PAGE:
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I wonder, after reading all the way thru this thread, and seeing how many are towing much older trailers, that, when those trailers were new, the vehicle they are towing with now, outclasses in power, build quality, brakeing, etc, what was available in like 95% of contemporary vehicles.. and yet they all got towed fine.

For instance, we have '79 31footer.. in '79 my brother had a brand spankin new F150. A highly acceptable tow vehicle then, 351 (225hp), drum brakes, straight axle. But somehow, 30 years later, my '04 Expedition, with 5.4 (250hp), huge four wheel discs w/ABS, heavy duty tow package, traction and sway control, is some how "marginal" to tow my 31 footer.. I think, maybe, just maybe, some people are over reacting to what it takes to tow.. now, would I tow with a Jetta? Not even a Bambi. But it obviously can, and is bieng done. YMMV (mine does)

Just makes me wonder.
This was my point on the 1/2-ton modern versus 3/4-ton vintage thread. The Cairo to Capetown caravan 50 some odd years ago was accomplished using vehicles that are now at least 50 years old. My '66 Dodge D200 Camper Special (a 3/4-ton truck) has drum brakes all around, not disk. It has a straight front axle, not independent front suspension. It has non-power steering and brakes, rather than modern power steering and ABS. The rear end is not a "Sure Grip" (the Dodge version of posi-trac).

Yes, operating speeds are higher on today's roads. Yes, people drive in heavier traffic with smaller distances between vehicles. Somehow, though, people in the 50s and 60s managed to tow Airstreams all over the planet with vehicles made in the 50s and 60s. Most lived to tell the tale. I honestly think a vintage vehicle can safely serve as a tow vehicle for a vintage trailer... if the operator is willing to go slow and drive within the limitations of the vehicle.

If someone wants to tow a modern (read "heavy") Airstream at 70+ mph up and down any grade in the U.S. and not feel like they are towing something... a vintage or "marginal" tow vehicle isn't going to work. If, on the other hand, people are willing to drive 55 mph and enjoy the scenery, there are other options.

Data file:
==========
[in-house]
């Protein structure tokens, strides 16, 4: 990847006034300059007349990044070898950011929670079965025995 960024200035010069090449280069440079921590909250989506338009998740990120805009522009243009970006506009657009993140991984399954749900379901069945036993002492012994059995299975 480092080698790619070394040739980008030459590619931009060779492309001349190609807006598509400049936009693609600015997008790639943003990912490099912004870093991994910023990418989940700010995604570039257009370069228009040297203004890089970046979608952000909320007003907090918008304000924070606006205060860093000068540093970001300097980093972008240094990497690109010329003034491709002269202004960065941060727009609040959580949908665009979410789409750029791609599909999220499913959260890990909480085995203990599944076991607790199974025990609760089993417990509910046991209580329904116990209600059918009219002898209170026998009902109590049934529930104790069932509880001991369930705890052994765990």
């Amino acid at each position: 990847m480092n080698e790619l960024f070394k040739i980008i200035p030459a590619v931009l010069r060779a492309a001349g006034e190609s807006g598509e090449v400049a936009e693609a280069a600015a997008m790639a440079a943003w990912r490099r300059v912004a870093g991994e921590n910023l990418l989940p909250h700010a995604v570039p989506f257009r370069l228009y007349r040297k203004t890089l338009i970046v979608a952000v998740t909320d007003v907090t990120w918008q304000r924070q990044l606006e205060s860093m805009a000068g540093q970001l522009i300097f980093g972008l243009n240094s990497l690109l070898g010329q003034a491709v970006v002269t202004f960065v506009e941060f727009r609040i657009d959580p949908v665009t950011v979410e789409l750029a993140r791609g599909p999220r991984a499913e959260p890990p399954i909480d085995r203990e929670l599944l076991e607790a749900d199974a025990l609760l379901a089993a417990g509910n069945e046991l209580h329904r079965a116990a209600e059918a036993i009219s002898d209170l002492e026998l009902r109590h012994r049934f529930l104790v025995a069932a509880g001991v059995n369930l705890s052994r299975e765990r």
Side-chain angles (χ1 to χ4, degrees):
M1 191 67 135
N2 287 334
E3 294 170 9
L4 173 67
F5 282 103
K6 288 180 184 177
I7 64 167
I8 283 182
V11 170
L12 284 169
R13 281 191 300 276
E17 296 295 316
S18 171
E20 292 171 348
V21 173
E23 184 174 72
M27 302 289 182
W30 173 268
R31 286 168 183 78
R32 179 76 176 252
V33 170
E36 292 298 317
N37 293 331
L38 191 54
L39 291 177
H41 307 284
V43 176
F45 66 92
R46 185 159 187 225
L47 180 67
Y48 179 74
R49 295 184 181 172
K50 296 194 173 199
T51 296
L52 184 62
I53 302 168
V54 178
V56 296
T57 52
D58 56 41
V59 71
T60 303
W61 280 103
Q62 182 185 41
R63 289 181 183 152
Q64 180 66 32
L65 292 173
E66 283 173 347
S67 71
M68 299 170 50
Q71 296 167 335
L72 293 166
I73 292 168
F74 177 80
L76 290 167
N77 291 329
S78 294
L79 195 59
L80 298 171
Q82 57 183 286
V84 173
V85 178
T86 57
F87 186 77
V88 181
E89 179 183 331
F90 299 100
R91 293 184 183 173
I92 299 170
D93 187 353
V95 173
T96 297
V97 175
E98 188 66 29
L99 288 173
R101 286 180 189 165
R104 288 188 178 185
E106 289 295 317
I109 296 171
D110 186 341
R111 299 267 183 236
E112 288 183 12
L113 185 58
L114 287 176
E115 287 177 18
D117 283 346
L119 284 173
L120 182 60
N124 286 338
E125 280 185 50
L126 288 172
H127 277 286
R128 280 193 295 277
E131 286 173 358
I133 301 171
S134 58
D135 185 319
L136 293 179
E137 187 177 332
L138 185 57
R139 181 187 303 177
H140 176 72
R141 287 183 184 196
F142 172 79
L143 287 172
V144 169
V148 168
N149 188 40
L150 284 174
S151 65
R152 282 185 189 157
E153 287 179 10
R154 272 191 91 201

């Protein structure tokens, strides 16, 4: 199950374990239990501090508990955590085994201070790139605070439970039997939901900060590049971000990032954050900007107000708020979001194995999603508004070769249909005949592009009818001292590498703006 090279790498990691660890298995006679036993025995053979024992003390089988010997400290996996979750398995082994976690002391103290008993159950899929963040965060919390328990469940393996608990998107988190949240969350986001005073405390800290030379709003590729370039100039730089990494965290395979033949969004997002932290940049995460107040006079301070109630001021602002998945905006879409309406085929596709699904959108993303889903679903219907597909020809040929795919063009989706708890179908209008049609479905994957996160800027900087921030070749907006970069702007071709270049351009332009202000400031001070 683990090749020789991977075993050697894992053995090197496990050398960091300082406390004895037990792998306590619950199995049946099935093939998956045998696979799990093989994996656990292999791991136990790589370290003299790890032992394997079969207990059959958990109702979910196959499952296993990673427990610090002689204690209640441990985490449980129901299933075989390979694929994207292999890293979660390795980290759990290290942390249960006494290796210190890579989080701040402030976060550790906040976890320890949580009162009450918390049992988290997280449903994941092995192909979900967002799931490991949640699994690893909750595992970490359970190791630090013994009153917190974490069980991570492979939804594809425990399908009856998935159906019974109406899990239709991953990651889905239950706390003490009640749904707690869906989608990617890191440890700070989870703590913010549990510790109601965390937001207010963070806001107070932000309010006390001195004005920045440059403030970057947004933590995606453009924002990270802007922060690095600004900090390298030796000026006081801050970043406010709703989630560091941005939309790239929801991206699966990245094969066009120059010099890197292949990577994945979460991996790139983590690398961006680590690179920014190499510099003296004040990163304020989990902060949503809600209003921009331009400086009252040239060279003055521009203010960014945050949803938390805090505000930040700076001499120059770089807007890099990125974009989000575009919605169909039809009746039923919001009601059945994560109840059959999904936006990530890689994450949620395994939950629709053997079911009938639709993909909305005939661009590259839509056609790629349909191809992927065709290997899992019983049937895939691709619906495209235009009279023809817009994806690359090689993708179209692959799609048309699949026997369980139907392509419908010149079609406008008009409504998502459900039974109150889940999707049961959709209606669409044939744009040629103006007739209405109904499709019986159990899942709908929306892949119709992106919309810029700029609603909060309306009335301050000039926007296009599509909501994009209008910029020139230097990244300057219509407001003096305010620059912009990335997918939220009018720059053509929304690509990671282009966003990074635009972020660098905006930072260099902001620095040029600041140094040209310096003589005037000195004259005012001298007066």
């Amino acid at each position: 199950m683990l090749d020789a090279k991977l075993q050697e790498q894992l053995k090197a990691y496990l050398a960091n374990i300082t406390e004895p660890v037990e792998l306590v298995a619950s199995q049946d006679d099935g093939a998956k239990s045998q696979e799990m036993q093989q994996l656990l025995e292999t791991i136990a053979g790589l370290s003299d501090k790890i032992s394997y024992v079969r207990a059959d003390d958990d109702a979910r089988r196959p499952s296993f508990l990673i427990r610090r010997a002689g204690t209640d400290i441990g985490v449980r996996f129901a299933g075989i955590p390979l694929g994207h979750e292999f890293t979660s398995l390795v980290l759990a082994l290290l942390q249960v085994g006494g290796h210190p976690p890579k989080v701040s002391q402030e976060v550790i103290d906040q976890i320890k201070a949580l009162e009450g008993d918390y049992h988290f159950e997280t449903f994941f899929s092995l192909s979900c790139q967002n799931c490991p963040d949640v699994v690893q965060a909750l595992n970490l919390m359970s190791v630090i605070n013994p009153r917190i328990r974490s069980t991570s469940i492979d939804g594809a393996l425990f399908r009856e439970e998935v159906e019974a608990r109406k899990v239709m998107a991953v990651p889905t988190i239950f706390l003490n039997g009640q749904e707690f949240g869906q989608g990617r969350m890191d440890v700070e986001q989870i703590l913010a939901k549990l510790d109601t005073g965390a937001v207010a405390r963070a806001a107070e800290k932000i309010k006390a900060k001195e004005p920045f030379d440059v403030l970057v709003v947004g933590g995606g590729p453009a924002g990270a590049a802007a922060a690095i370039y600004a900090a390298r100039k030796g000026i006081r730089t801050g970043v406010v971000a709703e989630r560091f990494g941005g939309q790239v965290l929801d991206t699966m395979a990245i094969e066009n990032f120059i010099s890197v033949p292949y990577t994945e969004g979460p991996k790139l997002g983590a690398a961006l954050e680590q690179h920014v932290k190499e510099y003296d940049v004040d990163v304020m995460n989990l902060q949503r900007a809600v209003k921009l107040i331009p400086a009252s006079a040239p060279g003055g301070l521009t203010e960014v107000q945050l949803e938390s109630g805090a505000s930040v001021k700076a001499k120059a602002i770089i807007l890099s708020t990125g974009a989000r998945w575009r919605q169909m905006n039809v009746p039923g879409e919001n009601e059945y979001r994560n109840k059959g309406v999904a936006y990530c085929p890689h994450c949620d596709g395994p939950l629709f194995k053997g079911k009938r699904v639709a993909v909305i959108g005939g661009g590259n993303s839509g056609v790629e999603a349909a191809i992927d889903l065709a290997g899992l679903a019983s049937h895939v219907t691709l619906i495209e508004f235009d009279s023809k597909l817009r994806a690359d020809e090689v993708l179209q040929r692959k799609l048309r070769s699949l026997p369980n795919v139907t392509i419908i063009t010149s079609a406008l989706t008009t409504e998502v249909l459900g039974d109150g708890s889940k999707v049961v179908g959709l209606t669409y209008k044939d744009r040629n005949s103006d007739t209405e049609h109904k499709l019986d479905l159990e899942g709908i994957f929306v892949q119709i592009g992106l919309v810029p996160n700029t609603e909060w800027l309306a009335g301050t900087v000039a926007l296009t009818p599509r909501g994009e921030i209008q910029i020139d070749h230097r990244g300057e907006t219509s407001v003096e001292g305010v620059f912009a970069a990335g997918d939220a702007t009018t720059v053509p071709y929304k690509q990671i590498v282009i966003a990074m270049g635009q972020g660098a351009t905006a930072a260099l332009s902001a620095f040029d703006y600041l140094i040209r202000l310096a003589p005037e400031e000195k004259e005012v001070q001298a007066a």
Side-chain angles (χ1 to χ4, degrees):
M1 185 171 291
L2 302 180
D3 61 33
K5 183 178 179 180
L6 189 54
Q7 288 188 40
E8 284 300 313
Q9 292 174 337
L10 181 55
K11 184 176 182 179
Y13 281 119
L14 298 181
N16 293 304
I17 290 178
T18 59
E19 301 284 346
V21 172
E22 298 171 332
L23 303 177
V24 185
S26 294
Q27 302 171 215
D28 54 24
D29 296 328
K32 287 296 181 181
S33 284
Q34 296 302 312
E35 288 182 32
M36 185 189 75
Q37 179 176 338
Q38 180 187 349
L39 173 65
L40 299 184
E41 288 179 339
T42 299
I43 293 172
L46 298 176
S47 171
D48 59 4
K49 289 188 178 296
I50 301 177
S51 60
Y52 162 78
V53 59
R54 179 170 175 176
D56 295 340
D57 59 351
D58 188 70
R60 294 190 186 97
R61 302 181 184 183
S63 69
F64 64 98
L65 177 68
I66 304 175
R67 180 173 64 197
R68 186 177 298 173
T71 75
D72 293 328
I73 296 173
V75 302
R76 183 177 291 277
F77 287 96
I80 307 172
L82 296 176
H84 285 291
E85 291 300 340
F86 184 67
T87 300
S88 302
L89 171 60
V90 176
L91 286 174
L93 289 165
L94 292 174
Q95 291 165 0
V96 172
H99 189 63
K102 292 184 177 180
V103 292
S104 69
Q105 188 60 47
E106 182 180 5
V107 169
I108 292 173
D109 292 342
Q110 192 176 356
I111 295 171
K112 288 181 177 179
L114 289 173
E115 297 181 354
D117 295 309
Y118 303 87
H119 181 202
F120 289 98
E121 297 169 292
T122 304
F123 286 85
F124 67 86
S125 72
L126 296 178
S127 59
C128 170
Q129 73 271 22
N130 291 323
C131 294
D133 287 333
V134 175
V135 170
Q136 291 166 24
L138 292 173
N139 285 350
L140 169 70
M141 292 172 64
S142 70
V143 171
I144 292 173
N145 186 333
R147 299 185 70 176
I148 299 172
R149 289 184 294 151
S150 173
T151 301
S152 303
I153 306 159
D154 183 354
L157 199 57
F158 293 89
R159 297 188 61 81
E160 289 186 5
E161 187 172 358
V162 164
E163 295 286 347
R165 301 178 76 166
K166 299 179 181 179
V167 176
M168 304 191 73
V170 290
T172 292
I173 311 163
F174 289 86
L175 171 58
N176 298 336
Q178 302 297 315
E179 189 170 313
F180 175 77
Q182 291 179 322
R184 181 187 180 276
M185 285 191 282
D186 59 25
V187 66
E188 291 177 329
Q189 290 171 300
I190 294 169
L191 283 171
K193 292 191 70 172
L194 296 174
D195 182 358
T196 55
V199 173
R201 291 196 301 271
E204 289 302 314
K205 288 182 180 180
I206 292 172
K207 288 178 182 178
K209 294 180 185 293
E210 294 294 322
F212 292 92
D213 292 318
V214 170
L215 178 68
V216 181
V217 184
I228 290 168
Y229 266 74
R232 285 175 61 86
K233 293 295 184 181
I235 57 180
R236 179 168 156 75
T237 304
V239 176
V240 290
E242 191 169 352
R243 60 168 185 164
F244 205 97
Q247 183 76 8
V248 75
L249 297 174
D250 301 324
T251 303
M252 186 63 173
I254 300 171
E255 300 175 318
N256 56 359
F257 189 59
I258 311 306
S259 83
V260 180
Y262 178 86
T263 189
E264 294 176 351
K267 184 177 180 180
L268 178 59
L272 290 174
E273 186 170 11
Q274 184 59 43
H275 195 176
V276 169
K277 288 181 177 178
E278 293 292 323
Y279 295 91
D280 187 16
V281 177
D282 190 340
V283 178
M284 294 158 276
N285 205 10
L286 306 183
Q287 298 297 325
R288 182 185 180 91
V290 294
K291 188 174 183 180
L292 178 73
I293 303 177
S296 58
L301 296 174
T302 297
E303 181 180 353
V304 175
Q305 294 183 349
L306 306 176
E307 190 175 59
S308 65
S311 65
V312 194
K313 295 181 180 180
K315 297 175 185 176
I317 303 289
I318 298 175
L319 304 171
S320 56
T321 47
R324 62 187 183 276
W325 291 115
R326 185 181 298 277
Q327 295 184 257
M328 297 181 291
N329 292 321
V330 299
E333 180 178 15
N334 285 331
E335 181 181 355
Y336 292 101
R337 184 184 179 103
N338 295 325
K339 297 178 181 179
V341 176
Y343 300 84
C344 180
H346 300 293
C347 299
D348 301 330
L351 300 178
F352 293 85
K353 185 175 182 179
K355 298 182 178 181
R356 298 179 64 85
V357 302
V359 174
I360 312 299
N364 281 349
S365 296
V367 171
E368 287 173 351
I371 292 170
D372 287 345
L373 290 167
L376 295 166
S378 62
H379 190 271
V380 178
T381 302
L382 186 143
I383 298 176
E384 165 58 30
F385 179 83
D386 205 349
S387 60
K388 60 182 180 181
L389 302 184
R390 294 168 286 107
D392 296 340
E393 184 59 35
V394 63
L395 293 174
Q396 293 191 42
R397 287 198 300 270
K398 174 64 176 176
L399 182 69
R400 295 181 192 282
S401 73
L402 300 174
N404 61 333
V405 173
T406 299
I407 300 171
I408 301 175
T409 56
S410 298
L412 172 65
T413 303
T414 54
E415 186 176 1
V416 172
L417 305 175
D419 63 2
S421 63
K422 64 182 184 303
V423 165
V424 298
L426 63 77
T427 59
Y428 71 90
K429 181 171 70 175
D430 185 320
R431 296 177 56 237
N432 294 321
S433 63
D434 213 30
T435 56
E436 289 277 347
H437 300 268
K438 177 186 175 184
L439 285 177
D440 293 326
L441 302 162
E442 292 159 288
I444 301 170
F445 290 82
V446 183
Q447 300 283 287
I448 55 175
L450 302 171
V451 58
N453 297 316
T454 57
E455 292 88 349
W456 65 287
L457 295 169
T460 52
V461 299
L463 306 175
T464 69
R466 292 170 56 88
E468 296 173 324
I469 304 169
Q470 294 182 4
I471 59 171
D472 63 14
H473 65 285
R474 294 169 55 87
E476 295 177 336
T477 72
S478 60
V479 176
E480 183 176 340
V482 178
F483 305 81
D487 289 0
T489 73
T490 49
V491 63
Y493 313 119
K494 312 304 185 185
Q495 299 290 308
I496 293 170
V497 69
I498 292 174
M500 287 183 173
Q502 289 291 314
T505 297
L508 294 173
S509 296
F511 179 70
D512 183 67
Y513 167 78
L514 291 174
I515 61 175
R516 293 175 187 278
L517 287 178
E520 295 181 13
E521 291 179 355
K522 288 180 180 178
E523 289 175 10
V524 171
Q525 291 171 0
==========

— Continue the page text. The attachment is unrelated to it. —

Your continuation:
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Old 08-13-2009, 03:45 PM   #97
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I honestly think a vintage vehicle can safely serve as a tow vehicle for a vintage trailer... if the operator is willing to go slow and drive within the limitations of the vehicle.
If,[...] people are willing to drive 55 mph and enjoy the scenery, there are other options.
I think these are the key points. Many people are not willing or inclined to slow down and enjoy the view. Or if they do slow down, they want to choose to do it, not have their vehicle make them slow down.

I can sympathize. Most people's schedules are pretty stressed, and they don't value the time spent getting to a vacation destination, so they want it over with as soon as possible.

But for people with vintage vehicles, the journey is probably half the fun. So slowing down is not a big deal.
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Old 08-13-2009, 08:07 PM   #98
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I often read a couple of other RV forums (not a member), where the members regularly post pictures of horrific, and gory accidents, involving towed (not 5th. wheel) trailers.
Allmost without exception, the crashes involve a TT that weighs perhaps 1 1/2 >twice as much as the TV.
Yes, in the old days, my '57 Imperial,(with a 392 hemi), or the '62 Buick, or the '64 Olds, towed trailers, but they weighed almost twice the weight of the old trailers.
Just because you got 300+ hp, in a 4,000 lb. (or less), vehicle, does not make it safe to tow 7>8K trailers. If (when), the trailer decides to take charge, the lightweight TT is toast.

There is real physics involved, in regards to mass, and momentum.
The "low center of gravity", or "all disc brakes", or "wider suspension track", is'nt worth a ****, if something happens.
I know that there are those who make a living, setting people up to tow large heavy trailers, with lightweight vehicles, that does'nt make it right, or safe.

Just my opinion